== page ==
Let the words of my mouth, and the meditation of my heart, be acceptable in Thy sight, O Lord, my strength, and my redeemer.—PS. xix. 14.
The thoughts that in our hearts keep place,
Lord, make a holy, heavenly throng,
And steep in innocence and grace
The issue of each guarded tongue.
T. H. GILL.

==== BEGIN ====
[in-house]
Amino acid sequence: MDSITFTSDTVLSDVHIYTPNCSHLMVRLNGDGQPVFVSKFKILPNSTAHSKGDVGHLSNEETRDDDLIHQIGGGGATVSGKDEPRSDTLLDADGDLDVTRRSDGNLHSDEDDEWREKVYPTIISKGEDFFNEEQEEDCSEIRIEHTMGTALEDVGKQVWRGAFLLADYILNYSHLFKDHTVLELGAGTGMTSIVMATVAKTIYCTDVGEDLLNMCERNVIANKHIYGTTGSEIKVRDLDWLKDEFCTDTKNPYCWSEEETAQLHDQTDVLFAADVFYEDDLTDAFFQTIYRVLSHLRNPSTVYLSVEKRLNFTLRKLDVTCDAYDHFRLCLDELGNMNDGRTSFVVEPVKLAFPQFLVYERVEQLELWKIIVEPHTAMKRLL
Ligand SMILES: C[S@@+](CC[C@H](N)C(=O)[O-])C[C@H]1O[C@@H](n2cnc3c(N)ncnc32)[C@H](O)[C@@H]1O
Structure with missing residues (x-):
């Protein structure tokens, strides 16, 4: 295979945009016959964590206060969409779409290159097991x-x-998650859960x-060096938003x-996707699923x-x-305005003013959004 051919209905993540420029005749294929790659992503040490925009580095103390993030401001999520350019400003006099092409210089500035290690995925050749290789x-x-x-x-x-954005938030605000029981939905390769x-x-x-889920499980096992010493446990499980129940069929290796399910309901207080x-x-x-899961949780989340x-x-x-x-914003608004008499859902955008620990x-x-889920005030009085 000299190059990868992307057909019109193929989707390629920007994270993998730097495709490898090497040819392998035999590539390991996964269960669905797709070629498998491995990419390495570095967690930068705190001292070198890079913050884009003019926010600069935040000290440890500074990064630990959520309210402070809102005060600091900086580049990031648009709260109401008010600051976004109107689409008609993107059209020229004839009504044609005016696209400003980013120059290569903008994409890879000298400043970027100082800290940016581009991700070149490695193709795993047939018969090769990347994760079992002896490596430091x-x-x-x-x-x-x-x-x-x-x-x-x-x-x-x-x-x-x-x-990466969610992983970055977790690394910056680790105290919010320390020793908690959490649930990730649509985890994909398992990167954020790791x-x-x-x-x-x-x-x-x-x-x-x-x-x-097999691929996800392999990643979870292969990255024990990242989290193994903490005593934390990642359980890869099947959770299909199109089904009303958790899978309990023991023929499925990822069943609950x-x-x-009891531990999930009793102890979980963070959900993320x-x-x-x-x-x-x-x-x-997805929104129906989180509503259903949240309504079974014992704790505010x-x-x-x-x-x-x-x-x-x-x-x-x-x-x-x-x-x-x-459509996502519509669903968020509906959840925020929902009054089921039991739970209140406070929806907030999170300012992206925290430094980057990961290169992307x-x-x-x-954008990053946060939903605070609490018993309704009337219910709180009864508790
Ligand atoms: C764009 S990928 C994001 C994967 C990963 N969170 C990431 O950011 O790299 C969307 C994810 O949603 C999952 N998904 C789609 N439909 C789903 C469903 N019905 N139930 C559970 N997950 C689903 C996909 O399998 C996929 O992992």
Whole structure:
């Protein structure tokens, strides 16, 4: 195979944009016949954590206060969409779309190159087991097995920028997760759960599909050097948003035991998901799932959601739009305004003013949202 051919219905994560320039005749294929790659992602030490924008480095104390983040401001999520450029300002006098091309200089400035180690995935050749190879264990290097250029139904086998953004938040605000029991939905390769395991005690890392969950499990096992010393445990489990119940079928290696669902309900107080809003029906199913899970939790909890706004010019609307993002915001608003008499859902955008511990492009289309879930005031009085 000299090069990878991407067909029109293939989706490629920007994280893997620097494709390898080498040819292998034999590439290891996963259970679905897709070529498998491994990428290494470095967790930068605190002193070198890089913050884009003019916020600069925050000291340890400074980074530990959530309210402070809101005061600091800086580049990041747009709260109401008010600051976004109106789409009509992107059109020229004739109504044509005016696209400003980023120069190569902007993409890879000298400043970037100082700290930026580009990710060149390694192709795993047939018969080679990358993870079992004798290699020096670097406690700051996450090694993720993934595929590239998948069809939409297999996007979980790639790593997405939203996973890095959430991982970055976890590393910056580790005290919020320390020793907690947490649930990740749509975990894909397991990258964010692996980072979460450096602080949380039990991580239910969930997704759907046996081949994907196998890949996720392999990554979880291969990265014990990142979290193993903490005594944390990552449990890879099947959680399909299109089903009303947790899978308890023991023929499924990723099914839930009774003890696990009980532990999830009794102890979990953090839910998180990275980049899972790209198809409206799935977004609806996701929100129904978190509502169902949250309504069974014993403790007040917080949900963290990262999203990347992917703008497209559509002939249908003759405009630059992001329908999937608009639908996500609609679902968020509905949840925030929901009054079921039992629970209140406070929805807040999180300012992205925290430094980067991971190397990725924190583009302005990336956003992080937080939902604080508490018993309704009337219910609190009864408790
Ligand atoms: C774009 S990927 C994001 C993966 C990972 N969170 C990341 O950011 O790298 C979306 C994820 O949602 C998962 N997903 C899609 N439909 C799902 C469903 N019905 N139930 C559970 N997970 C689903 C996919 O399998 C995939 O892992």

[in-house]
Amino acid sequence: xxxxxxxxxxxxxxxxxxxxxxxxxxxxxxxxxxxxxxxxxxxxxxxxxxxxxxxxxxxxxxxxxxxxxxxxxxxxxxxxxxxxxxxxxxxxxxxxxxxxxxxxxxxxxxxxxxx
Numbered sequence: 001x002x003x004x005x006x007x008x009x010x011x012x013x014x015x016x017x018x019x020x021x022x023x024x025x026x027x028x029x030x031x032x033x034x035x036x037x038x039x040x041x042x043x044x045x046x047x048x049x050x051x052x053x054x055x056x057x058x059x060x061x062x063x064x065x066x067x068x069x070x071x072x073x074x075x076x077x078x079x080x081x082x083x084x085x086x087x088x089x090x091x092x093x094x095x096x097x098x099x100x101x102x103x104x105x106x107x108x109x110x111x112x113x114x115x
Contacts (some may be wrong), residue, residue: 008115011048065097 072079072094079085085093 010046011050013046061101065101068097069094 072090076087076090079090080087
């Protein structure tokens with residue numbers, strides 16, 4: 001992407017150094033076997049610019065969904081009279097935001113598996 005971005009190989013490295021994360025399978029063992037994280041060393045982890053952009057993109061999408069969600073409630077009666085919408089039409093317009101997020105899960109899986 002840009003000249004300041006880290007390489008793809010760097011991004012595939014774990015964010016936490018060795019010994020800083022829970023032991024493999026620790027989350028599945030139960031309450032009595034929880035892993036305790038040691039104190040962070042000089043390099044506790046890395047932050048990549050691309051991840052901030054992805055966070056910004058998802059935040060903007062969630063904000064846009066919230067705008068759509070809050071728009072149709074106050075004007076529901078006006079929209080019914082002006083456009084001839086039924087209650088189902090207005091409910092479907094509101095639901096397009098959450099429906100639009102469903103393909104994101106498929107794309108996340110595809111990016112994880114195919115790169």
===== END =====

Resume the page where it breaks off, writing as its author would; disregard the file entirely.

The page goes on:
There is another kind of silence to be cultivated, besides that of the tongue as regards others. I mean silence as regards one’s self,—restraining the imagination, not permitting it to dwell overmuch on what we have heard or said, not indulging in the phantasmagoria of picture-thoughts, whether of the past or future. Be sure that you have made no small progress in the spiritual life, when you can control your imagination, so as to fix it on the duty and occupation actually existing, to the exclusion of the crowd of thoughts which are perpetually sweeping across the mind. No doubt, you cannot prevent those thoughts from arising, but you can prevent yourself from dwelling on them; you can put them aside, you can check the self-complacency, or irritation, or earthly longings which feed them, and by the practice of such control of your thoughts you will attain that spirit of inward silence which draws the soul into a close intercourse with God.